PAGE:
Amid all the static surrounding the debt ceiling deal that President Biden and Speaker McCarthy struck over the weekend, this much is certain: the deal is better for American seniors than a federal default. “The agreement represents a compromise, which means no one got everything they wanted,” said President Biden on Monday. “But that’s the responsibility of governing.” Many observers feel that the President and his party — and the American people — came out ahead.

“(The debt ceiling deal is) a win for Democrats, who sought to avoid having another debt limit showdown ahead of next year’s election. And they protected many programs that Republicans sought to slash.” – The Hill, 5/28/23

“Based on what we’ve learned about the Biden-McCarthy agreement so far, it looks to me as though Republicans got relatively less of what they wanted, while Democrats got relatively more.” – Eugene Robinson, Washington Post, 5/29/23

The alternative to this deal, a default on U.S. government debts, would not only have caused economic catastrophe; it would have disrupted the Social Security payments that millions of American seniors rely on to cover basic living expenses. Medicare payments likely also would be impacted by a default.

The deal’s 2-year freeze on “non-defense discretionary spending” may affect the Social Security Administration’s (SSA) operating budget, though the exact impact isn’t yet clear. SSA has been chronically underfunded since the Tea Party-fomented fiscal crisis in 2011. The spending cap in this deal means that SSA won’t have the funds needed to improve customer service.  However, the deal will have nowhere near the devastating impact of the 23% across-the-board spending cuts in the House GOP’s original debt ceiling bill. The same holds true for Older Americans Act programs (including nutrition and home heating assistance), which could have been slashed by the Republicans’ House-passed legislation.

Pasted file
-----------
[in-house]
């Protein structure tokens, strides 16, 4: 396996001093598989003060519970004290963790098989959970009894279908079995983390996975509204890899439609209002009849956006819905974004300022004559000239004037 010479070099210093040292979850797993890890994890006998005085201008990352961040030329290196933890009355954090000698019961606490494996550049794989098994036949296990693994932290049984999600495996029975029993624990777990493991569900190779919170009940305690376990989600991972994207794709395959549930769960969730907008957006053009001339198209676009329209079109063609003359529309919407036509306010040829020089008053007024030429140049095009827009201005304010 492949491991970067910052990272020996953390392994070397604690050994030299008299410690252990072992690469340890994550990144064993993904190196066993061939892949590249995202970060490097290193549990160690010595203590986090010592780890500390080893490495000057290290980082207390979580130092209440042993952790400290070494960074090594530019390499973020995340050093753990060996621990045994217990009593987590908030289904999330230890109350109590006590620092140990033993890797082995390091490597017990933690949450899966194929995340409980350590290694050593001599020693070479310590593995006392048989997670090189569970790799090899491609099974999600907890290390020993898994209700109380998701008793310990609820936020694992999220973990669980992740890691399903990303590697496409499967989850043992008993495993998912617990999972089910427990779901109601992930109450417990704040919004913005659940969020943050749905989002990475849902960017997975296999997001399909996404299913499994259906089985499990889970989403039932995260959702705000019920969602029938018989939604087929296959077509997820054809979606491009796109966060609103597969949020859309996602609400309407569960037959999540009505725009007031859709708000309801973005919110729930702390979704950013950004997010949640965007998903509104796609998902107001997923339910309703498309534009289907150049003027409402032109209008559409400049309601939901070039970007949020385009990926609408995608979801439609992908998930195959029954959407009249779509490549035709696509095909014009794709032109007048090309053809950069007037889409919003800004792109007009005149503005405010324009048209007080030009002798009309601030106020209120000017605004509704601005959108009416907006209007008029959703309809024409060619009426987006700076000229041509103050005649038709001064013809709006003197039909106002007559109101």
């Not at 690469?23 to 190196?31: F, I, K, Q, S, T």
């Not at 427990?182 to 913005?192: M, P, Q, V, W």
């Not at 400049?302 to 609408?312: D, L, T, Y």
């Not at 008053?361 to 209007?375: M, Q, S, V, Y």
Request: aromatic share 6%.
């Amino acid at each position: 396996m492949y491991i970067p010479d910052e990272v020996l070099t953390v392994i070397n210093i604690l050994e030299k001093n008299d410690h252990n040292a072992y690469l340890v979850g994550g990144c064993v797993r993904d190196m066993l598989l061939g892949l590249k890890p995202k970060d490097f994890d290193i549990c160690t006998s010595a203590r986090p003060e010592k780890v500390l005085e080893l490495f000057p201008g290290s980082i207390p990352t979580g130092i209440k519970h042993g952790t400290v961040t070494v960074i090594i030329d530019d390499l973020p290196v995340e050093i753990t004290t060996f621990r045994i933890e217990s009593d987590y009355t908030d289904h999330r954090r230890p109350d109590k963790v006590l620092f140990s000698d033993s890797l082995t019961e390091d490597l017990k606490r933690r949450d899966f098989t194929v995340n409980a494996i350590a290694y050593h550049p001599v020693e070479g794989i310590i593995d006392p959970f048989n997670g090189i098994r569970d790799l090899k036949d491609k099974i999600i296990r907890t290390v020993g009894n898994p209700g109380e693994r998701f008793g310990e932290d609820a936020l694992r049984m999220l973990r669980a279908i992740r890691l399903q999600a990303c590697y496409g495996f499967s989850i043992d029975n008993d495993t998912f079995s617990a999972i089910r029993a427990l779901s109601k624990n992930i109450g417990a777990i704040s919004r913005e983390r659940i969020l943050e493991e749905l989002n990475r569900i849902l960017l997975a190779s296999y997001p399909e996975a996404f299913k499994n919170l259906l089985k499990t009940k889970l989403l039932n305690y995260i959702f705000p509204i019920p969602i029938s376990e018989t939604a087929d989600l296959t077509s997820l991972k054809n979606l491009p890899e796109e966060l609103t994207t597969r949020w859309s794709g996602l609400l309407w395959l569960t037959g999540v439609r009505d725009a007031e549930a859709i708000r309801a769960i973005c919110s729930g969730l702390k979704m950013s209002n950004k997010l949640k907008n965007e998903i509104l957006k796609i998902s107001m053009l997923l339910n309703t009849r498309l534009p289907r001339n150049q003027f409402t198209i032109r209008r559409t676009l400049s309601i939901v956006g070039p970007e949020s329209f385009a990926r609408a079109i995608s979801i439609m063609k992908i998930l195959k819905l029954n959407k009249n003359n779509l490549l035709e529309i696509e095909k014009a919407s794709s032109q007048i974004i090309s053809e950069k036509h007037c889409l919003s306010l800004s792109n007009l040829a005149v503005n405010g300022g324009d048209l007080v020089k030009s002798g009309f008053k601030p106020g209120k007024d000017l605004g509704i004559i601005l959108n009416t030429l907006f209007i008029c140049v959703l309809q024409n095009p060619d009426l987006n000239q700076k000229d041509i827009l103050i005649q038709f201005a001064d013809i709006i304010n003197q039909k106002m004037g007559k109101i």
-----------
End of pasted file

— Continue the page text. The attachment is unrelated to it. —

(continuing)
“President Joe Biden has saved us from the political terrorism of MAGAnomics with… (a) debt ceiling deal that must be passed. House Speaker Kevin McCarthy, who was willing to sacrifice education, veterans benefits, and public safety in the interest of his own power, now has the onus to secure support for this deal from his caucus.” – Center for American Progress, 5/27/23

McCarthy has begun trying to whip his caucus to support the bill in the face of opposition from the party’s extreme MAGA wing. On Tuesday afternoon, the blow-it-all-up House Freedom Caucus declared its opposition to the deal, preferring to see the country edge perilously closer to default instead. It was this same Freedom Caucus crowd that insisted McCarthy refuse to bring a clean debt limit bill to the floor in the first place — in exchange for their support during his campaign to become Speaker.

Progressive Democrats in the House expressed concerns about the deal, largely centering on work requirements for federal food assistance (SNAP) beneficiaries aged 50-54 with no legal dependents. (The SNAP work requirement in the deal would sunset in 2030.) The deal includes new work requirement exemptions for SNAP recipients who are homeless or veterans.

The Democratic leadership in the House expects Speaker McCarthy to produce as many Republican votes in favor of the deal as he can, with Democrats presumably filling in the necessary votes to pass a bill. The odds of the deal passing the House depends on how many Democratic Progressives and House Freedom Caucus members vote against the compromise.

At the end of last week, Treasury Secretary Janet Yellen warned that, without Congressional action to raise the debt ceiling, the nation would run out of money to pay its bills on time by June 5. That gives lawmakers only a handful of legislative days to enact the Biden-McCarthy deal. “We strongly encourage both chambers (of Congress) to enact the deal and send it to the President’s desk,” said OMB Director Shalanda Young at a press conference late Tuesday afternoon.